Miguel Cabrera Signs $292 Million Deal with Tigers
Comments are off for this post.
First baseman Miguel Cabrera agreed Friday to the richest contract to date in American sports, a $292 million, 10-year deal with the Detroit Tigers.
The 30-year-old, two time MVP had two years and $44 million left on his current contract, and was offered an eight-year extension into 2023 at $152.3 million guaranteed. Cabrera’s new contract, which totals $292 million, surpasses that of Alex Rodriguez’s 10-year, $275 million deal as the largest in history. He was also offered a buyout option with the new contract.
”I want to finish my career here. I have worked hard to get better, and Detroit is like a house for me,” Cabrera said of playing for the Tigers.
When asked if he could see himself becoming a designated hitter by the end of the contract, Cabrera said, “I don’t know yet. I’ve got to wait 10 more years. … Wait ’til I get to 40 and ask me that, and I’ll tell you what I’m going to do.”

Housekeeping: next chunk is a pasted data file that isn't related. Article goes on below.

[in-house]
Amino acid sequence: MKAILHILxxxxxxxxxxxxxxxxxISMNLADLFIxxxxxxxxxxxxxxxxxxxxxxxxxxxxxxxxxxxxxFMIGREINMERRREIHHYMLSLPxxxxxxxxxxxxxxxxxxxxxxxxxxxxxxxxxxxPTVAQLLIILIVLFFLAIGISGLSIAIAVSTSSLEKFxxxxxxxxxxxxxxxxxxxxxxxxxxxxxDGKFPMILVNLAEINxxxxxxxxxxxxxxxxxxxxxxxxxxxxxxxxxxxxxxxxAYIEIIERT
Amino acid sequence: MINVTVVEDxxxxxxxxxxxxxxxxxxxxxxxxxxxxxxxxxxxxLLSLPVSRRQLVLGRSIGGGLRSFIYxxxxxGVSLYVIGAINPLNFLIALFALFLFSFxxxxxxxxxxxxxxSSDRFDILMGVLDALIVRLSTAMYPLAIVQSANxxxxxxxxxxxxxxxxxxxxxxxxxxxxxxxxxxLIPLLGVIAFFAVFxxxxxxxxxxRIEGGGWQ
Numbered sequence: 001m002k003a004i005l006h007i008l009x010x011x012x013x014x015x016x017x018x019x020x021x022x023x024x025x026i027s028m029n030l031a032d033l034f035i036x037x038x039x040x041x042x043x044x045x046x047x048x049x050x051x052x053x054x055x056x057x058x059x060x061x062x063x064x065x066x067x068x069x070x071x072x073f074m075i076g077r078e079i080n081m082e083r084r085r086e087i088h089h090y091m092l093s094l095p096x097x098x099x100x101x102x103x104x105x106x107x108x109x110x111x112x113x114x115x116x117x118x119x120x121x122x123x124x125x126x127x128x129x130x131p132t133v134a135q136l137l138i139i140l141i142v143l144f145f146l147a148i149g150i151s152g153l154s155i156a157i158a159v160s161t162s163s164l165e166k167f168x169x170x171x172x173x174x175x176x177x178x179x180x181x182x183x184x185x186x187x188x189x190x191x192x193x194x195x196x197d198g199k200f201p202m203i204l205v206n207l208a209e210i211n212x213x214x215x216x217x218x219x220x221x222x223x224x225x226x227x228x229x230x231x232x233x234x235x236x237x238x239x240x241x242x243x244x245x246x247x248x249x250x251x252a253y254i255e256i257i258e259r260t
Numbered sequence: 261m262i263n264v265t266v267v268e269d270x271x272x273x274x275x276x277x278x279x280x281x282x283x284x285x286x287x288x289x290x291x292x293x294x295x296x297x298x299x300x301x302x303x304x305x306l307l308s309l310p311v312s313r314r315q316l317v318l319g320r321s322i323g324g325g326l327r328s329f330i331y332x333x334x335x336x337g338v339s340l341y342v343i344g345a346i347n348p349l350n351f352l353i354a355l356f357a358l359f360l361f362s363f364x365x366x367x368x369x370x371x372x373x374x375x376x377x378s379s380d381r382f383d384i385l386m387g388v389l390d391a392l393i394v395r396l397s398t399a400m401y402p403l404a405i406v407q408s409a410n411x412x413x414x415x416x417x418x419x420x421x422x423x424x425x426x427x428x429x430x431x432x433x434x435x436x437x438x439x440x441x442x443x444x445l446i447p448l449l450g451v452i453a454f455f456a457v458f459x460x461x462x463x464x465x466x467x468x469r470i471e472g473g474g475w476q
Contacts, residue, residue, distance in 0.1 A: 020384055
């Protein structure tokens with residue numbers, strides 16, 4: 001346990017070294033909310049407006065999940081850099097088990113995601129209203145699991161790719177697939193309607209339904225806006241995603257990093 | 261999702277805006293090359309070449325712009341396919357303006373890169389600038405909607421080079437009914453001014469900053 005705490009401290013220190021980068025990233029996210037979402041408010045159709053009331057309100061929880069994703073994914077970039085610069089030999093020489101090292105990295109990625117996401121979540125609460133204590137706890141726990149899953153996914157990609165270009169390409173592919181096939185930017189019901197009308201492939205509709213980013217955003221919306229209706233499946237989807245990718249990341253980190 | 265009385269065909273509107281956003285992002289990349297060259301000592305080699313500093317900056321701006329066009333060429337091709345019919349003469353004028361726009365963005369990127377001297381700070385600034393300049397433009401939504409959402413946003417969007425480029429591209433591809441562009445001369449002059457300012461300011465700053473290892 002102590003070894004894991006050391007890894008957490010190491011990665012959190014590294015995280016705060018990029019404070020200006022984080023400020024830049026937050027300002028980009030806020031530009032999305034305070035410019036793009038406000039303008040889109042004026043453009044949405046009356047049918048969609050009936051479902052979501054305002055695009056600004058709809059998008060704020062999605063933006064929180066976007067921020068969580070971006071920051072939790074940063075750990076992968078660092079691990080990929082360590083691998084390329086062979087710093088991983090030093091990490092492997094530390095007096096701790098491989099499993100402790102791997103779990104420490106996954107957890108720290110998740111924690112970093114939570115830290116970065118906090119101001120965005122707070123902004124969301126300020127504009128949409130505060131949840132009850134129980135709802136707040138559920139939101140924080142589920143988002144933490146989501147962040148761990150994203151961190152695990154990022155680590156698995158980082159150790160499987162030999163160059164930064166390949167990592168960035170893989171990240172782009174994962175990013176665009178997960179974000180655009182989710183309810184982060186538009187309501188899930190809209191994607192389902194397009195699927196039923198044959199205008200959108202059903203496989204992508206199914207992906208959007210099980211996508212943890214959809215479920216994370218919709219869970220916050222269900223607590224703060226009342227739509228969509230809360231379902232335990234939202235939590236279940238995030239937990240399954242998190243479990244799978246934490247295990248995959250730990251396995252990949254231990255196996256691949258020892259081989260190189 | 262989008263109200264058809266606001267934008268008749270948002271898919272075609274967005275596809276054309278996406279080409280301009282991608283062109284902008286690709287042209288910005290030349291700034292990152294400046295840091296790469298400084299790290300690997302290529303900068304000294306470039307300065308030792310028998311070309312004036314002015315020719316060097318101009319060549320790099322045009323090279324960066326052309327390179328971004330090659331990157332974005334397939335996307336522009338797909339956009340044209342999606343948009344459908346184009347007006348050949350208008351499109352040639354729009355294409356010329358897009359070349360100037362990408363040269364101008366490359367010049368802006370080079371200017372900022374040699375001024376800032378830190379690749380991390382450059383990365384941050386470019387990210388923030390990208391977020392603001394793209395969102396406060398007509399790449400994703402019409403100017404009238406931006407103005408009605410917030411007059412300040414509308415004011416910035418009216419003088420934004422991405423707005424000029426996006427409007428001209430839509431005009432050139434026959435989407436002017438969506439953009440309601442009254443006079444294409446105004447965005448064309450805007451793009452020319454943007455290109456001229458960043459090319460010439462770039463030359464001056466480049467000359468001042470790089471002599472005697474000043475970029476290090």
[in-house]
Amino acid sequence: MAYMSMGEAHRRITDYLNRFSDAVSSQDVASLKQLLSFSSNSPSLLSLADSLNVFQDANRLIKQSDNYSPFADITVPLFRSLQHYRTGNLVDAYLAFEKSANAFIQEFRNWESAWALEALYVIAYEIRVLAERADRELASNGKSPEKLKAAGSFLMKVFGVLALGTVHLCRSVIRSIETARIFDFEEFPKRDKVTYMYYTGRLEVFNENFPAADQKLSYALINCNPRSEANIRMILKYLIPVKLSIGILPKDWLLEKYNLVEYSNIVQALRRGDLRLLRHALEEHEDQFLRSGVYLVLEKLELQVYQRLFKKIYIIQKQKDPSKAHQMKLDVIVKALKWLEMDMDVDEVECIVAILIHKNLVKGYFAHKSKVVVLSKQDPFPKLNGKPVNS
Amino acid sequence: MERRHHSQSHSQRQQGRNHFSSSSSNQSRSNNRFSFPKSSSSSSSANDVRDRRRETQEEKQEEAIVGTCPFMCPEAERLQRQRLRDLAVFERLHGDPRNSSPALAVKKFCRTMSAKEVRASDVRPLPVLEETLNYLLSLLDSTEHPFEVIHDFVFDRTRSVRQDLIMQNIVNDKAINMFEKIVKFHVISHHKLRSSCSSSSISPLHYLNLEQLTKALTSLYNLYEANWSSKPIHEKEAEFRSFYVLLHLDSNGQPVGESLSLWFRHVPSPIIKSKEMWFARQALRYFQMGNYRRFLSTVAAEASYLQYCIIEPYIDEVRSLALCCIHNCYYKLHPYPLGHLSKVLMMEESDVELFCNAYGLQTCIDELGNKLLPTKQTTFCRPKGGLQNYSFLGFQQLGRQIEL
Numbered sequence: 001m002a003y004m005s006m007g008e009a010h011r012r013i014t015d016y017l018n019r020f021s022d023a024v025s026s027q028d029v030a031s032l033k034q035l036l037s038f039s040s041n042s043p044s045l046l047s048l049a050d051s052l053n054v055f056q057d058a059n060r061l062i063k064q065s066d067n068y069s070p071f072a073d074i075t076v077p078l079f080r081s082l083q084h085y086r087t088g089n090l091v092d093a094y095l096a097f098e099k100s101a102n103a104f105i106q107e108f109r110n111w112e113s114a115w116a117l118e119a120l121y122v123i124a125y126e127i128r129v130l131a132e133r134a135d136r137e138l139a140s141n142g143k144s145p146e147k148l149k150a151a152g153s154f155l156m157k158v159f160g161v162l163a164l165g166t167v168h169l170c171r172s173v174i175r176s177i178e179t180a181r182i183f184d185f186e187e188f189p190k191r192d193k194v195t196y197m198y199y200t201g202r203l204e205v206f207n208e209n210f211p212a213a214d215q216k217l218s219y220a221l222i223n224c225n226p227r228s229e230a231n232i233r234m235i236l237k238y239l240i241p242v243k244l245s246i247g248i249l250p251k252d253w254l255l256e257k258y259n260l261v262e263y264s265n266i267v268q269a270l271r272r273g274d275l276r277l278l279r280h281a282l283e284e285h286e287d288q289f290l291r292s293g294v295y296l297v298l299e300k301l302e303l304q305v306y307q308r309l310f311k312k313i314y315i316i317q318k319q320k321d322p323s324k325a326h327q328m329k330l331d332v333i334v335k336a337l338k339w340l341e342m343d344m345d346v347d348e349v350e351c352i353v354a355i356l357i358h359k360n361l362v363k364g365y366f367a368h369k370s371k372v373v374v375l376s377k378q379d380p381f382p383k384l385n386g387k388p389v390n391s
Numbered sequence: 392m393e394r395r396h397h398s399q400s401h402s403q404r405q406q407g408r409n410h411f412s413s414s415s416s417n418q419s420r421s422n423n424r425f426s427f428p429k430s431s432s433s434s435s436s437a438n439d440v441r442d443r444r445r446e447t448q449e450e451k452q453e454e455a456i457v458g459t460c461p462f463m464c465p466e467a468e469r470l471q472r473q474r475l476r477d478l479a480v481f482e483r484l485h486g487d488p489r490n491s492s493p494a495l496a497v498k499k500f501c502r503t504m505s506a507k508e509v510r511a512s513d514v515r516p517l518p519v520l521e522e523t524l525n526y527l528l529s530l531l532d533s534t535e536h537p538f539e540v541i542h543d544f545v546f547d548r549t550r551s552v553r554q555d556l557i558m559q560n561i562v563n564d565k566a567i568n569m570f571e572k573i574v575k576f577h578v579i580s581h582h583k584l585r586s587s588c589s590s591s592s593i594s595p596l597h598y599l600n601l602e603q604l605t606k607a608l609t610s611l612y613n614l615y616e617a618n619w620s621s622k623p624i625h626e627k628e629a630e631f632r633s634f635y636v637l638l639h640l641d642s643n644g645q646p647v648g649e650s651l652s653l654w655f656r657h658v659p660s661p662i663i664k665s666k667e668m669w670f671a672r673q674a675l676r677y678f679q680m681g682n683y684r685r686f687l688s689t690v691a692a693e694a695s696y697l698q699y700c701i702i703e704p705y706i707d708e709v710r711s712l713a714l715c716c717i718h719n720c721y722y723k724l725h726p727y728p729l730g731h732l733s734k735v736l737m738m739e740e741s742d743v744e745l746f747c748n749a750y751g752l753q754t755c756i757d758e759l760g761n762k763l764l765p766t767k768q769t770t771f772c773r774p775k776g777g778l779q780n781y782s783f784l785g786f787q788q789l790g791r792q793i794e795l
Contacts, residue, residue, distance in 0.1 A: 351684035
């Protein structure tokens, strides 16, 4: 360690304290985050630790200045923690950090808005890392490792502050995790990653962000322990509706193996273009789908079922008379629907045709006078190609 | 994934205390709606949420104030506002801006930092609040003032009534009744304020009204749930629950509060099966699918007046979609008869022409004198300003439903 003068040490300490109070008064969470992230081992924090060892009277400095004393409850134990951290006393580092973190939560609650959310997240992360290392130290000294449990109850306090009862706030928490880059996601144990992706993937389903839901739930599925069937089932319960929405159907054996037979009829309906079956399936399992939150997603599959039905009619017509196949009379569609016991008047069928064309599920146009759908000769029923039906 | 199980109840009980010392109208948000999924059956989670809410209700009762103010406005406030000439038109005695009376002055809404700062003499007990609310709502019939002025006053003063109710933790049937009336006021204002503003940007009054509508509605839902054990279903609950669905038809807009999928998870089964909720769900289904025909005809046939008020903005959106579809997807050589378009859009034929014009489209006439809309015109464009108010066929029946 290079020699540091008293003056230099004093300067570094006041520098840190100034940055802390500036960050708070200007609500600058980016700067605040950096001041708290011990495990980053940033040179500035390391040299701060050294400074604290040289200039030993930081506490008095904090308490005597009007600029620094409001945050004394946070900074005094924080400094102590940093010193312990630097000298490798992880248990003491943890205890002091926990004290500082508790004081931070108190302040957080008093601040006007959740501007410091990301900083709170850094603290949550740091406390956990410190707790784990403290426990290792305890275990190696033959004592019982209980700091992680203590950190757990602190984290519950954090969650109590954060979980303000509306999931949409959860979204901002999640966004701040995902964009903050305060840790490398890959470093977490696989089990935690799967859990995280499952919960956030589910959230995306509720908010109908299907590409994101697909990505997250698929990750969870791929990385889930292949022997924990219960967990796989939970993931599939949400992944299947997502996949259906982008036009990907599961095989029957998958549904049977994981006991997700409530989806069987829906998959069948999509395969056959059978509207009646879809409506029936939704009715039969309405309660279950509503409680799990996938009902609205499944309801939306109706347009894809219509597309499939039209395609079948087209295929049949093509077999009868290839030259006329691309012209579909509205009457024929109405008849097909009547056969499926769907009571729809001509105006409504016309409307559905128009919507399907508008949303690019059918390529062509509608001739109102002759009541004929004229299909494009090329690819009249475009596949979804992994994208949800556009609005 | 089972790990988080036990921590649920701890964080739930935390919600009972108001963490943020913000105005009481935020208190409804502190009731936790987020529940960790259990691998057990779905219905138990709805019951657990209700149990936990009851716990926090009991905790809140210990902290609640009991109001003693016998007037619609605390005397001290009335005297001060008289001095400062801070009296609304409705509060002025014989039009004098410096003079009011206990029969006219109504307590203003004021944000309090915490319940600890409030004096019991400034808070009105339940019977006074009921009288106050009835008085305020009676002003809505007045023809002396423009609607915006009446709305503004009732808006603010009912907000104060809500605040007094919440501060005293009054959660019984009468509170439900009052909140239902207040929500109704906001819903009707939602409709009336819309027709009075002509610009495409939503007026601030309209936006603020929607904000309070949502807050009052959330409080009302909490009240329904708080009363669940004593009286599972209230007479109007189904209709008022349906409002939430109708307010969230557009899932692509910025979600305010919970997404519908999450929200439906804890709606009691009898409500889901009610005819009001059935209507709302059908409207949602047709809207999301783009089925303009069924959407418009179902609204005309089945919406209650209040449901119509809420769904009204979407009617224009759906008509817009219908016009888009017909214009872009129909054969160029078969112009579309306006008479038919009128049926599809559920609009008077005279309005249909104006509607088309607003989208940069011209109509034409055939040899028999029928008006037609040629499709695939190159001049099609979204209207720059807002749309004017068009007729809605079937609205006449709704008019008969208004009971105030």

The hitter, who turns 31 on April 18, was traded to the Tigers in 2007 after a five-year run with the Marlins that began when he was 20.
During his time with the Tigers, Cabrera has won three straight batting titles, led the league in slugging percentage twice, and helped the club to win three straight AL Central championships. He also won the Triple Crown in 2012, the first player to do so since Carl Yastrzemski in 1967.
An eight-time All-Star, Cabrera has a .321 career average with 365 homers and 1,260 RBIs.
Tigers president and general manager Dave Dombrowski said he felt it was the right time to negotiate an extension, with two years left on Cabrera’s current contract. Dombrowski said that if the Tigers had waited longer, the “lure of free agency” would have made it more difficult to reach a deal with Cabrera.
“I was never thinking about going to free agency and signing with another team,” Cabrera said.
“I was thinking I want to be here. I want to stay here. I want to be a Tiger. … I’m thankful because I want to finish my career here,” added Cabrera.
Image via Wikimedia Commons